It’s official. We are no longer the new kids in town. My colleagues and I know many teens by their names, hobbies, and vacation plans. We have confiscated skateboards and basketballs with shakes of our heads and, “Come on guys, you know better”. We routinely host an average of twenty teens for our weekly DIY Teen craft program and a dozen at our Teen Screen movie programs. Nearly every book from the Recommended Reads list is checked out, as are books one and two of most series. We are slow on Saturdays, but slammed on Sundays, regardless of the pool-worthy weather outside.
We are Gum Spring Library and we are officially a community resource.
Our programs, planned with no idea as to their potential popularity, have been wildly successful (except the showing of Up which only had one attendee, which makes me worry that our future animated film showings won’t be well-attended either). Crafts, (non-animated) movies, and Teen Cuisine (learning to read nutrition labels, chop foods, and follow recipes) have all been met with enthusiasm and repeat attendees. But the overwhelming number of our attendees are 12-14 years old.
This realization that tweens are our most frequent Teen Center users has forced us to look closely at our upcoming programs. Since September, October, and November programs have been on the books since late May, we cannot remove or add anything. Instead, we can only tweak what is already planned in order to make it appeal (and be appropriate) to a certain crowd. For Teen Read Week (Seek the Unknown @ your library), we are hosting Blind Date with a Book, which encourages teens to check out a book whose outer layer is concealed, with the hopes that they will try a title they otherwise would never have picked up. But if the current trend remains the same, should we self-censor the titles we choose to wrap up so we don’t unintentionally scar a 12-year old-girl with the scathing language of Sherman Alexie’s incredibly well-written and powerful book Flight (Grove Pr., 2007)? We want to expose program attendees to great books, but should we sacrifice titles with mature or jarring content just in case a younger teen picks one up?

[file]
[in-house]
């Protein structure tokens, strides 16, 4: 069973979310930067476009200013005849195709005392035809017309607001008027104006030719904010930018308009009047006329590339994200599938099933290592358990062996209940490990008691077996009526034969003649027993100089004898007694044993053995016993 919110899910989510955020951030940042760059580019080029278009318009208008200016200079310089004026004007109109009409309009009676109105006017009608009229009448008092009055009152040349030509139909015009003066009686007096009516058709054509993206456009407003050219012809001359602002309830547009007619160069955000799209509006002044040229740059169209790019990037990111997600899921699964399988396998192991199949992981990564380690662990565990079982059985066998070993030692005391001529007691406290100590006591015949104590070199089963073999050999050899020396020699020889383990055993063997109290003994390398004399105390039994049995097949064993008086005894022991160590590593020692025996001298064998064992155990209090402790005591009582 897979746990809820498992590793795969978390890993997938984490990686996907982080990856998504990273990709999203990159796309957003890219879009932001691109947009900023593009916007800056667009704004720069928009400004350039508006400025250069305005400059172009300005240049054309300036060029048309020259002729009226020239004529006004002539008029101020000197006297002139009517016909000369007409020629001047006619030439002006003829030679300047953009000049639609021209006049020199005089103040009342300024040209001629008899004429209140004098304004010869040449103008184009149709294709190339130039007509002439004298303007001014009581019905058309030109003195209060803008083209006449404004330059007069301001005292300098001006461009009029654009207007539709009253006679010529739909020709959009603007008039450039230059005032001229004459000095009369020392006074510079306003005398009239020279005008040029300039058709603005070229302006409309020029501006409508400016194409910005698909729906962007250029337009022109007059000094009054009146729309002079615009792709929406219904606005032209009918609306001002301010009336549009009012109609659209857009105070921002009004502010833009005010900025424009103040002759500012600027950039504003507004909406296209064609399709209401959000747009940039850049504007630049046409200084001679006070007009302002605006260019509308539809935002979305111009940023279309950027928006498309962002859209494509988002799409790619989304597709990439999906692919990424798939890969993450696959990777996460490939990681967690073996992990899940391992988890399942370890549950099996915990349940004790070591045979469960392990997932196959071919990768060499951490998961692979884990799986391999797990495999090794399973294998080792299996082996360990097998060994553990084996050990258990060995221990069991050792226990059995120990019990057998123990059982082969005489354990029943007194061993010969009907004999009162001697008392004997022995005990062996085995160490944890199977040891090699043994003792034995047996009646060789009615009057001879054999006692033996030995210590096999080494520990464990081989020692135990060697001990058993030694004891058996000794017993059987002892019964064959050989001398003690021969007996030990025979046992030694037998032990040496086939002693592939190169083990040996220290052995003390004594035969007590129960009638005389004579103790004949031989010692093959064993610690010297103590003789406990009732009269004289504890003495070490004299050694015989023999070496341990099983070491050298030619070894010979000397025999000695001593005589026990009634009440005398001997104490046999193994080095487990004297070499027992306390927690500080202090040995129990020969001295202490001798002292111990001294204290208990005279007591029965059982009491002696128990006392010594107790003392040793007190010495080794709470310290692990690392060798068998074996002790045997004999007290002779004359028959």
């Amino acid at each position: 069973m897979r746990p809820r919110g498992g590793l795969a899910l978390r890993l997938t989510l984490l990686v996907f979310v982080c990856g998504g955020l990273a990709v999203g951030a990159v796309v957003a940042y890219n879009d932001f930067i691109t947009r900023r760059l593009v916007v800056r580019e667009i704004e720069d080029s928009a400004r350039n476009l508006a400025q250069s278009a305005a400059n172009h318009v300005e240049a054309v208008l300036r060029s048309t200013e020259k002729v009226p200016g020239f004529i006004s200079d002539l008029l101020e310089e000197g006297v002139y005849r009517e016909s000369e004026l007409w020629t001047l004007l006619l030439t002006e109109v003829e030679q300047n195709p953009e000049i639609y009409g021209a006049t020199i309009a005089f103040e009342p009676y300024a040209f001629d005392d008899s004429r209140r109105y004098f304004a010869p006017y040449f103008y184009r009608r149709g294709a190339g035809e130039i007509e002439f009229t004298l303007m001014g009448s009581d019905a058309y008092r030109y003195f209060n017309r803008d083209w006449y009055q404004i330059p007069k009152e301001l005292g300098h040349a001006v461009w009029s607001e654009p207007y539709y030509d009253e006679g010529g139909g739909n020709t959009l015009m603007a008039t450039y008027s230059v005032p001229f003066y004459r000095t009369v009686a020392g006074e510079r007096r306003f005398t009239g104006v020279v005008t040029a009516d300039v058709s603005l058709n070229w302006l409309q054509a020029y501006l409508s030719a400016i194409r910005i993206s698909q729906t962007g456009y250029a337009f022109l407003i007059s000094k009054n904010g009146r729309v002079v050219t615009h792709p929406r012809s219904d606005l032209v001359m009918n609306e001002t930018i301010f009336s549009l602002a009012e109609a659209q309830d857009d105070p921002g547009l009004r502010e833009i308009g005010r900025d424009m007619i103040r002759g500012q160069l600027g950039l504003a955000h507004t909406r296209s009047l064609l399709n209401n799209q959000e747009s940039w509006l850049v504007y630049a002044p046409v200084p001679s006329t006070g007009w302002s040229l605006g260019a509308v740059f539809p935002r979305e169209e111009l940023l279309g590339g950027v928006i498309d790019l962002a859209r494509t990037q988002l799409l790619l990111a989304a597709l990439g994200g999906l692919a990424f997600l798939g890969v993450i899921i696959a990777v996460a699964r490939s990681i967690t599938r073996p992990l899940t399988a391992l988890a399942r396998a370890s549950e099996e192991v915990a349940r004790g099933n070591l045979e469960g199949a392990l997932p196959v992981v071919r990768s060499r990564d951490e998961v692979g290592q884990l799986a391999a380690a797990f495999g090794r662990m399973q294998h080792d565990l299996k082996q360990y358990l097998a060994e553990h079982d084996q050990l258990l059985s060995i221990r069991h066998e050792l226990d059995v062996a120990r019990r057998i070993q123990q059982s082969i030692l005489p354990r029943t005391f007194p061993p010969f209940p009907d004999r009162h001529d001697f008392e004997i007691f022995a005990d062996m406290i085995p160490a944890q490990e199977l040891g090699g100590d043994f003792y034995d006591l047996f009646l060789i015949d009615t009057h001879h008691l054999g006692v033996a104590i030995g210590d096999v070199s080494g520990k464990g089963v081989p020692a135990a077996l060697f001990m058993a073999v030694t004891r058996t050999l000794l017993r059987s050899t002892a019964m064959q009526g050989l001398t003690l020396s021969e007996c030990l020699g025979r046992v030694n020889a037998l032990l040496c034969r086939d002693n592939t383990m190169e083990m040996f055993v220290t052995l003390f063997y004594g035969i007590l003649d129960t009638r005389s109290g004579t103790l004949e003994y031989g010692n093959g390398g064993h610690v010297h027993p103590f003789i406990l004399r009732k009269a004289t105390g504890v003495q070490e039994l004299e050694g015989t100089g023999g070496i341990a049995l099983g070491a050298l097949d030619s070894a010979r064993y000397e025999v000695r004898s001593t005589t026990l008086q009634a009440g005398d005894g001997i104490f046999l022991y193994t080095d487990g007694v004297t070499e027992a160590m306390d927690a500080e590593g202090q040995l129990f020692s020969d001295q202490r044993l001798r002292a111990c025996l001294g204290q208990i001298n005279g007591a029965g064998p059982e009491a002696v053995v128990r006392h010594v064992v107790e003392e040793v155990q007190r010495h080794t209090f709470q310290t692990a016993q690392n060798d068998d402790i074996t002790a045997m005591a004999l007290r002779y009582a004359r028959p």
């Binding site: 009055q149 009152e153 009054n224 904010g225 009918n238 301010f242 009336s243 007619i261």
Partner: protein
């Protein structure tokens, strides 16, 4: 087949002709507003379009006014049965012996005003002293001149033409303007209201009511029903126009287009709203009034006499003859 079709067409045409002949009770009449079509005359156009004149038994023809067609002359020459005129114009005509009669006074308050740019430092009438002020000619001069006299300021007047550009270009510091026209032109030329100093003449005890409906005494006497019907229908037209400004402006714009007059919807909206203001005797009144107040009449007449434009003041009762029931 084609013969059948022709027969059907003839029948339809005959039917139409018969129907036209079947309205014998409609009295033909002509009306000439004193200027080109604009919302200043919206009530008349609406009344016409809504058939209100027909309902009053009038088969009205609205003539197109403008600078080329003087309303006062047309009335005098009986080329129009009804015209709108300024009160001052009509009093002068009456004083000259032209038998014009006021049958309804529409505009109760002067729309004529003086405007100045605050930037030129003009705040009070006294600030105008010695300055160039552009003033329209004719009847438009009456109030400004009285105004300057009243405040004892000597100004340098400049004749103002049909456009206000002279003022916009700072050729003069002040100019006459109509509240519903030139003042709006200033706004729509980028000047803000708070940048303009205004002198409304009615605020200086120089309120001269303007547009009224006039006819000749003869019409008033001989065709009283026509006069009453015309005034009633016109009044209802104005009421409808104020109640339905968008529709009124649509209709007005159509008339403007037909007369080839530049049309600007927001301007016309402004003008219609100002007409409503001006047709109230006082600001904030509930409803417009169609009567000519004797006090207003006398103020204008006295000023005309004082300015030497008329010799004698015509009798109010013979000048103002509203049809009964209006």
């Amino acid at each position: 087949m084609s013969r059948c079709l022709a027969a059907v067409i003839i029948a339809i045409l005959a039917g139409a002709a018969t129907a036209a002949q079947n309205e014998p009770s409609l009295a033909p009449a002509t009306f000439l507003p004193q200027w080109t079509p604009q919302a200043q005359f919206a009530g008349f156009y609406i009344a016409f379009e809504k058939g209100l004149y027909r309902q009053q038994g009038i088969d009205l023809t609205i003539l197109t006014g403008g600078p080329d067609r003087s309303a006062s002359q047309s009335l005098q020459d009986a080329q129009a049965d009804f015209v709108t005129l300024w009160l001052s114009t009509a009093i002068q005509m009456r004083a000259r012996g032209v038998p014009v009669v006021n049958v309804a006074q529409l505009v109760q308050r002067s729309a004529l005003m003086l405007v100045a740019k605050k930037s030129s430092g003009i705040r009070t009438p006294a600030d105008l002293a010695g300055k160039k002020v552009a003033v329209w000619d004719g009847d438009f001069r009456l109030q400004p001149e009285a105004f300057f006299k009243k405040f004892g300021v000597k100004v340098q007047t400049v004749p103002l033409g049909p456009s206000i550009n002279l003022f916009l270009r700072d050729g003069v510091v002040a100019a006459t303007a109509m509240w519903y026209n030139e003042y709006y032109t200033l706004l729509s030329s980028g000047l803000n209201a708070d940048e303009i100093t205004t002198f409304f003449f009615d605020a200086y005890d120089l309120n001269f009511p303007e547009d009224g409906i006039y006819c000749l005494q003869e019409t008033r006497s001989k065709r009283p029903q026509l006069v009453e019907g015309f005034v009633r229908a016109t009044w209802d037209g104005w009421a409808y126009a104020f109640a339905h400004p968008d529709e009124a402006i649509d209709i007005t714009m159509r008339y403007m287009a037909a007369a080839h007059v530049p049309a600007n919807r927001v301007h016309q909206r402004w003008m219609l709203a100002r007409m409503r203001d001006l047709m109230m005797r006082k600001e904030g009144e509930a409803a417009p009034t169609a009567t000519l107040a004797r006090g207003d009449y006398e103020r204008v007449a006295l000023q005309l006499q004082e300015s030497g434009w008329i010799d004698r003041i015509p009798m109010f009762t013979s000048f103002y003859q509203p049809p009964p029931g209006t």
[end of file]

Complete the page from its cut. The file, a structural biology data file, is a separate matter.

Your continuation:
In September we are hosting a series of SAT prep workshops and seminars for teens, and have already been asked by numerous parents if their 12- and 13-year-old children are allowed to attend. What we thought was going to be popular with high school juniors and seniors is of real interest to our tween patrons. Should we restrict the attendee age to high school sophomore or older, or allow any teen? Will letting younger teens attend keep older teens from seeing the programs as productive?
Tweens are an often underserved demographic in libraries, as are teens as a whole, so my colleagues and I are very happy to have so many of then attending our programs. Planning tween-specific programs in conjunction with (or at least with advice from) the children’s librarians will be very important going forward. On the other hand, keeping the space relevant for older teens is just as important. How can we welcome both, without giving either end of the age group an advantage over resources, programs, or attention? One way is to ask the age of all patrons. On many occasions this summer we have asked children to vacate the game room because they are not old enough, just as we have asked 19 and 20 year olds to leave because they are too old. Maintaining the age restriction of the Teen Center takes time and effort, but the teens who qualify to stay in the space usually respond with appreciation. No babysitting, no being babysat. Welcome to the Teen Center, where you are responsible for yourself.
Fresh Paint traces the development of teen services for a new public library in an underserved community.
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